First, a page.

Time for a play with Google Earth Timelapse?

By | April 19, 2021
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I don’t know if you’ve ever had a play with something called “Google Earth”?  It’s separate from Google Maps and all the practical route planning and whatnot you can do with that.  Instead it’s just like a really detailed, digital globe.  

It shows you the surface of the planet in all its glory, using a combination of satellite imagery, aerial photography and some very fancy software.

The newest addition to Google Earth is a feature they call “Timelapse”, and it lets you see how the Earth has changed over the last 35 years.  It’s a huge timelapse video of the whole planet, made up of one photo from each year from 1984 onwards.  As the video plays, you can zoom in and out and move around the world to see different places in different levels of detail.

The scale of the thing is amazing.

You can watch natural changes, like dunes shifting in the Sahara or rivers snaking around as their path changes over the years.  And man-made changes – one of the most spectacular of those I think is watching Dubai grow up from just a little strip of buildings between the desert and the sea.

There are a few different ways to see the Timelapse:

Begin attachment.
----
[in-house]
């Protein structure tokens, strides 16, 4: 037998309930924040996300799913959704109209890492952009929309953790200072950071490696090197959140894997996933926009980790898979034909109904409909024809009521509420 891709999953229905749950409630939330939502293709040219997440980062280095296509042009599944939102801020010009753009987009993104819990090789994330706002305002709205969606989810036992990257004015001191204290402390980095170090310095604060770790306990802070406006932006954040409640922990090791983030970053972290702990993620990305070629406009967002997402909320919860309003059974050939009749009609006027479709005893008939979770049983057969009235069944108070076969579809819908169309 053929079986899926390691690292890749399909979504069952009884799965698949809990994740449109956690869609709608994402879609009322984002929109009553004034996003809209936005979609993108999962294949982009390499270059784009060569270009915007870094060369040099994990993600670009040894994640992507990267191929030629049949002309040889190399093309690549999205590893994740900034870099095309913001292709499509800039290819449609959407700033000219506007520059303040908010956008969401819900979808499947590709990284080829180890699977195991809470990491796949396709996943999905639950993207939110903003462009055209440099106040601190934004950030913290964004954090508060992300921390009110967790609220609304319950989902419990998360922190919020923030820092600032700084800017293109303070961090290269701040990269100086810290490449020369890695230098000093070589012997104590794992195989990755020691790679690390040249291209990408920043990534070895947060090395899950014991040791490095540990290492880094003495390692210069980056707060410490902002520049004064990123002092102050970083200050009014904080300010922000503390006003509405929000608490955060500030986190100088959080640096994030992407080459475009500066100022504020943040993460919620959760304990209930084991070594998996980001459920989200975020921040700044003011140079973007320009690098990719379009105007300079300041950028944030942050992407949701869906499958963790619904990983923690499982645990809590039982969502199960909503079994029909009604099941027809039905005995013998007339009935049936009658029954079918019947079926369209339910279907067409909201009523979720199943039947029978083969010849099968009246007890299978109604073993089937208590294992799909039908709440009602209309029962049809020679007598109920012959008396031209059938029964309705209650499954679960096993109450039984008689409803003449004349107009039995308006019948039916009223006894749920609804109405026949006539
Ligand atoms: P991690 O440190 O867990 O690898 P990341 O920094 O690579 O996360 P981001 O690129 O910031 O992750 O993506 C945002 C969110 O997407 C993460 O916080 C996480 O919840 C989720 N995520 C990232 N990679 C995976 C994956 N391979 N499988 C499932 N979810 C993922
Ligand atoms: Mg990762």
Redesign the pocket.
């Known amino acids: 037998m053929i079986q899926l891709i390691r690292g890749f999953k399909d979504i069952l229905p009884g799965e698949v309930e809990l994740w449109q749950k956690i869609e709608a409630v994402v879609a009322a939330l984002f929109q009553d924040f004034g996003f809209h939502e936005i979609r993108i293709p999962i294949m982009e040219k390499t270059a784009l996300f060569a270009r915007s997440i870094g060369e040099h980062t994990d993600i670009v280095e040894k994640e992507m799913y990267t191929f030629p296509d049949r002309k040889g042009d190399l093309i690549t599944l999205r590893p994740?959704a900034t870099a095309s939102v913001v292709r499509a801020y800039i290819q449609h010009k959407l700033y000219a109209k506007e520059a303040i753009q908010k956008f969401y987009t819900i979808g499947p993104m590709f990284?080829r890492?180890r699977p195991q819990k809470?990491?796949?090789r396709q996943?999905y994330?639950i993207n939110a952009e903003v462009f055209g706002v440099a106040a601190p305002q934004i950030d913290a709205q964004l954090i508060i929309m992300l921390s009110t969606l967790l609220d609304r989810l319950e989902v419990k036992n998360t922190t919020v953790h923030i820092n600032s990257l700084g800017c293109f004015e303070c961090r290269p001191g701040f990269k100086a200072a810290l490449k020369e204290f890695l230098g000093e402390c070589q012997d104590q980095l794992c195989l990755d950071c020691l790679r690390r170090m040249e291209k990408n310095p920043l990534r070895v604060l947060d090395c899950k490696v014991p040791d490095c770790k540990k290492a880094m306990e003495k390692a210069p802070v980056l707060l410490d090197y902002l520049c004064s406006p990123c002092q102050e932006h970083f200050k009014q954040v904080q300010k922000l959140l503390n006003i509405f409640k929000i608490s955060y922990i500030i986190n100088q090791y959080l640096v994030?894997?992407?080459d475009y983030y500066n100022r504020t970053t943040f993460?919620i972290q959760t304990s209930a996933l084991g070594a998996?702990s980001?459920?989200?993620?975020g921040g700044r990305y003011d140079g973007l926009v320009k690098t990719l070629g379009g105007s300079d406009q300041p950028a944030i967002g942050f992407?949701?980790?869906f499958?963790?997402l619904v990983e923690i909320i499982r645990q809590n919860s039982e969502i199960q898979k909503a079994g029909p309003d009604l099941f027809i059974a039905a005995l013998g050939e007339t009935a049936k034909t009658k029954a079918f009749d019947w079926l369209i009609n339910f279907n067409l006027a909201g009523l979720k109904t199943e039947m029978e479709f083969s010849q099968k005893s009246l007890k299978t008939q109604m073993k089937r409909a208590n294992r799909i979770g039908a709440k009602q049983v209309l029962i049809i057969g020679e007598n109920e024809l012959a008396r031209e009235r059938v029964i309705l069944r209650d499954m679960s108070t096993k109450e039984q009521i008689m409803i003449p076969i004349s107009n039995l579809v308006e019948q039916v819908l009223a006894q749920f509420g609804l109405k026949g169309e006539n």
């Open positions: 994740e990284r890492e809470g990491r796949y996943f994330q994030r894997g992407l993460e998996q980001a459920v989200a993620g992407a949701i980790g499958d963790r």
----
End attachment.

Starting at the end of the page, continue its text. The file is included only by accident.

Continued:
• On a phone or tablet, you can download the Google Earth app for free from your app store.
  • In Google Chrome on a PC or Mac, you can go to the Google Earth website – earth.google.com – and launch it straight from there.
  • You can download an offline version of it to run on your computer – again from the Google Earth website.
  • Or if you just want to see the Timelapse and not bother with the rest of Google Earth, you can try the Earth Engine version (I found that this one was quicker to load and a bit smoother if you don’t have the best internet connection).

Once you’re in Google Earth, you turn on the Timelapse feature by clicking or tapping on “Voyager” from the menu (it has an icon that looks like an old-fashioned ship’s wheel) and then choosing “Timelapse”.

Then just have a look around.  Google have picked out various interesting bits that you can zoom straight to, but the whole globe is visible.  You can zoom in and out, pan around, pause and restart the timelapse as much as you like.  Some of the bits that Google points out are quite sobering – rainforests and glaciers disappearing at an alarming rate – but there are plenty of positive highlights, too.

If you’re using the online version, you’ll need a pretty fast internet connection, or it might struggle to keep up.  The video does just keep looping, though, so don’t worry if you miss a bit while you’re waiting for the picture to load.

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